A QMS is not the responsibility of one person or one department. Everyone must be involved in improving the quality of products, services and processes.

Organizations should establish a training program for new employees and existing ones.  These programs should promote knowledge, produce skills and capacities and reduce resistance when implementing new ideas for improvement.

4. Define clear goals and objectives

QMS should aim at achieving specific goals. If a clear path is not drawn, there’s a risk that people will be working real hard but in different directions. Time should be spent in assuring everyone knows these goals, how they’ll be achieved, how they’re measured and periodically they should be informed of where the organization is standing in relation to these goals.

5. Use the correct key performance indicators

Organizations need to carefully select and review their KPI’s (Key Performance Indicators). KPI’s let an organization know how efficient and effective processes are, and indicate where possible problems could be. If they are not giving a real overall picture of where the organization is at regarding quality, then another look should be taken to change or improve what and how performance is being measured.

6. Listen to the suggestion

Create a system that will promote workers and customers to share improvement ideas. Many great improvement ideas come directly from the people processing a product or the people that actually use it.

7. Give credit

Giving credit to those who deserve it encourage participation throughout the organization and motivates workers by recognizing their work and their ideas. Compensation or recognition should not necessarily be monetary, a simple public recognition in working meetings to can have great effects in lifting workers morale.

8. Make the system simple

A QMS that is extremely complex and overloaded with documents is not necessarily the best one. If documents and procedures are long and complicated, it is very likely that people will never use them.

Evaluate the system and make sure that it makes sense and that it’s as simple as possible.

9. Create quality groups

Some organizations face difficulty with workers from different departments or areas that are reluctant with sharing information. By bringing together people from different areas to evaluate processes and recommend improvements, an open and more effective communication can be achieved between areas that operationally seem to be apart.

10. Have a quality attitude

In order to reach the goals that have been set, organizations need to identify and detect problems and weaknesses but they must focus on improvements. If managers are constantly focusing on failures and defects and not on how to remove or improve them, the right attitude and mindset for quality will never be achieved.

Learn how to prepare your company for the ISO Implementation Process.

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Quality Control and Quality Assurance
Quality Control and Quality Assurance are both players of the same team and it is not possible to guarantee customer satisfaction if either one is missing.

Quality Control and Quality Assurance are both aspects of an organization’s quality management system (QMS), and even though they are closely related concepts, they are different in many ways. Understanding their differences is fundamental for any organization to effectively manage its resources and processes in order to deliver quality products and services.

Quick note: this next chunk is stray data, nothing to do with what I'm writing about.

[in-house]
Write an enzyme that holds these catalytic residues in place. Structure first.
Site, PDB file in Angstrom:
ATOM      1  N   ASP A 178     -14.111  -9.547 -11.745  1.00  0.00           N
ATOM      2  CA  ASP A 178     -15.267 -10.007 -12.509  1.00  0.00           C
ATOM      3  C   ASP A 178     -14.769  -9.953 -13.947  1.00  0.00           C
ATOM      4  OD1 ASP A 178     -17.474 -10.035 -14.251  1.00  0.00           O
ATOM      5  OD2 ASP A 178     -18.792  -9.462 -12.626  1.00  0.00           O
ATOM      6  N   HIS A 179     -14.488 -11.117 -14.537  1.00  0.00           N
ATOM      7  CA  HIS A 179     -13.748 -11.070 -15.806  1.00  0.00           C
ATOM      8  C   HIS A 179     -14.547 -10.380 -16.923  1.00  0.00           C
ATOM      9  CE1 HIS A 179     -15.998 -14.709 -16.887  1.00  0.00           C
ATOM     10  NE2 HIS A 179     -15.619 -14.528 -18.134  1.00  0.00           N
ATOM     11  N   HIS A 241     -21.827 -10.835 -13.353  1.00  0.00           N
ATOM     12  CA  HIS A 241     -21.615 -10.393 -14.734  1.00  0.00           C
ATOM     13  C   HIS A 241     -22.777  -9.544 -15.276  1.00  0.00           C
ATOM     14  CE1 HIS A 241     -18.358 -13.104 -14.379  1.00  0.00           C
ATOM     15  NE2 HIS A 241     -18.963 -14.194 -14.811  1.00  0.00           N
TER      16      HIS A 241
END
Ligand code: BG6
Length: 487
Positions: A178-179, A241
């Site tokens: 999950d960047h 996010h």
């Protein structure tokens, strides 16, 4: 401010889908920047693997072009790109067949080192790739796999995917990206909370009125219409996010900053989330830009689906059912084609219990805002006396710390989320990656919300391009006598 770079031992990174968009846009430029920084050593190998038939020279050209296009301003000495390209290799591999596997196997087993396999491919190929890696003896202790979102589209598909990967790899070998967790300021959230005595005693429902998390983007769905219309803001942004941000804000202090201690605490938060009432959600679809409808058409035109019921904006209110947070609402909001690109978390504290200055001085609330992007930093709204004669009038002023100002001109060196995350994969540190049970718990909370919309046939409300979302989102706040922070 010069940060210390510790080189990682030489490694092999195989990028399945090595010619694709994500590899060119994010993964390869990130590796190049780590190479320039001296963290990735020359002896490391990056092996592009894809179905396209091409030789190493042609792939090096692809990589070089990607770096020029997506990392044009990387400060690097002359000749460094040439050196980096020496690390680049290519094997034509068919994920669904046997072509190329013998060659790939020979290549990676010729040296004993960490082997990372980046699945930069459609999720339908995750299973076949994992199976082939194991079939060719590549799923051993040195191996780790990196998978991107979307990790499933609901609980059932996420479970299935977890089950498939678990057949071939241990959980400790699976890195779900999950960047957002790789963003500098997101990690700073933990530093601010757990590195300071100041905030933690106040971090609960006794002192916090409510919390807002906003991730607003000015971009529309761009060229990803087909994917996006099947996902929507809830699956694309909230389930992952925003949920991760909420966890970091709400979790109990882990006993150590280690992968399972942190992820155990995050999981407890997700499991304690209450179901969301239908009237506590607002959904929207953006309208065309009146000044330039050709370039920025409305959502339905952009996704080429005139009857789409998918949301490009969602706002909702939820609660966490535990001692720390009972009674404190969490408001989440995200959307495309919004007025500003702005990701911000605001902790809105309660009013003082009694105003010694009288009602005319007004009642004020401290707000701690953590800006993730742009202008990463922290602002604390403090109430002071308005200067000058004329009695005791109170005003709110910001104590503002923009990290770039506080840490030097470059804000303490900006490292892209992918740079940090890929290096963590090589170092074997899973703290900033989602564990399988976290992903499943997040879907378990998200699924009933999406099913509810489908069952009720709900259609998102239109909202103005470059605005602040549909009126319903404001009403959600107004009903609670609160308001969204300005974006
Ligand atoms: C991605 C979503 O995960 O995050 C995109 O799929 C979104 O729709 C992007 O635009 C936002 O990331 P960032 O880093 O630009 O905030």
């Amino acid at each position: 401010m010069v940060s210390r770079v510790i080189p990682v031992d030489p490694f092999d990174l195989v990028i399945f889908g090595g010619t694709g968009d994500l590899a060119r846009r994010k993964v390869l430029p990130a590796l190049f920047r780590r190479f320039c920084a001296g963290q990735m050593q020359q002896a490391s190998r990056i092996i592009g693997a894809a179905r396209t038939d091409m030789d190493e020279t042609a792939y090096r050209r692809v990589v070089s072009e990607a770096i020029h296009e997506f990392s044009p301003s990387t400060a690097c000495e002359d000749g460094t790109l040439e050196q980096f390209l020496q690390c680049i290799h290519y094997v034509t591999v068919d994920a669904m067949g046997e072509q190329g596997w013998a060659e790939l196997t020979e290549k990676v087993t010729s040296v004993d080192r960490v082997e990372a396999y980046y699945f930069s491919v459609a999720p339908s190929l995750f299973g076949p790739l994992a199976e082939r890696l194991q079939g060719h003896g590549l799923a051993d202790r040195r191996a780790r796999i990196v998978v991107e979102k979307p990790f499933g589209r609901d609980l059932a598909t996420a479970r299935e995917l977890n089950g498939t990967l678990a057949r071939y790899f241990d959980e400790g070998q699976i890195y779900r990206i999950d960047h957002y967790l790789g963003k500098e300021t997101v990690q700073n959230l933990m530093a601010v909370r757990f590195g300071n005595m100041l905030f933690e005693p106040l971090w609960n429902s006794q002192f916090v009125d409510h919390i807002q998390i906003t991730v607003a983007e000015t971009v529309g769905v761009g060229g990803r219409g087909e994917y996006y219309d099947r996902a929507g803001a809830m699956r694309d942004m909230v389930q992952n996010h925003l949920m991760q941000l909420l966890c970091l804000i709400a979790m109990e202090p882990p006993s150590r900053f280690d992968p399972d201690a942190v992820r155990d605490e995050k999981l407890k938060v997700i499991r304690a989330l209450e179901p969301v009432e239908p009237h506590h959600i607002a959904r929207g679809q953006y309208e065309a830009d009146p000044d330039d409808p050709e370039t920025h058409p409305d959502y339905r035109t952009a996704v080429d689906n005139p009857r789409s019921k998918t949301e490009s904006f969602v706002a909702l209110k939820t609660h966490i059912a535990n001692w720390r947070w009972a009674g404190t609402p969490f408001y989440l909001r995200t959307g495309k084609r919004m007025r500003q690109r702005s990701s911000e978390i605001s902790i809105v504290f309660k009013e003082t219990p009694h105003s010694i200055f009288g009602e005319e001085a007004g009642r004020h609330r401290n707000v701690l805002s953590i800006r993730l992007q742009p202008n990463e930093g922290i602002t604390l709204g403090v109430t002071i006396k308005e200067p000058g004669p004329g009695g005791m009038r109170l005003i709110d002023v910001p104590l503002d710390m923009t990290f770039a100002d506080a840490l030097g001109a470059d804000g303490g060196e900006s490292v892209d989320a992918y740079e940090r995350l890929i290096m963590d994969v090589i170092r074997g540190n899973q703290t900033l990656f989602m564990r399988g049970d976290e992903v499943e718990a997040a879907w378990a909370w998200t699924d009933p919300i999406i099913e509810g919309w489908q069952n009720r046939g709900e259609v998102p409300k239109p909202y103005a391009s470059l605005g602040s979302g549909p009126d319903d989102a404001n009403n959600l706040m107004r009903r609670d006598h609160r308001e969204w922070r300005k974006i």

To start, one of their main differences is that Quality Assurance is a prevention strategy oriented to prevent defects and Quality Control is a detection strategy oriented to detect defects. Here, an explanation of some of their differences is presented.

Focus of Quality Control and Quality Assurance:

  • Quality Assurance aims to prevent defects with a focus on the process that produces the product or service; thus it is process oriented.
  • Quality Control aims to detect (and correct) defects in the finished product, which makes it product oriented.

Goal of Quality Control and Quality Assurance:

  • The goal of Quality Assurance is to develop processes and procedures that will ensure that quality products and services are produced.
  • The goal of Quality Control is to check the products and services for defects that may have arisen during their development in order to deliver defect-free products or services to customers.

How Quality Control and Quality Assurance are Conducted:

  • Quality Assurance is conducted by establishing and defining standards and methodologies that must be followed during a process to ensure products and services meet customer requirements.
  • Quality Control is carried out by conducting tests and inspections to detect errors and flaws in products or services.

When Quality Control and Quality Assurance are Conducted:

  • Quality Assurance is a proactive process that takes place before the product or service is produced or delivered.
  • Quality Control is a reactive process that is performed during the manufacturing process and after the products are produced.

Despite their differences, Quality Assurance and Quality Control are both players of the same team and it is not possible to guarantee customer satisfaction if either one is missing. Achieving success requires both; if only Quality Assurance is applied, there will be no way of knowing if the procedures and processes are producing the expected outcomes. On the other hand, if only Quality Control is conducted an organization will not have a way of making repeatable and reliable results.

Quality is ensured by an organization performing the right tasks in the right way and by making sure that their efforts have produced the expected results. Quality Assurance and Quality Control complement each other and both these processes provide the necessary information for the continuous improvement of a QMS that meets the requirements of an organization’s customers.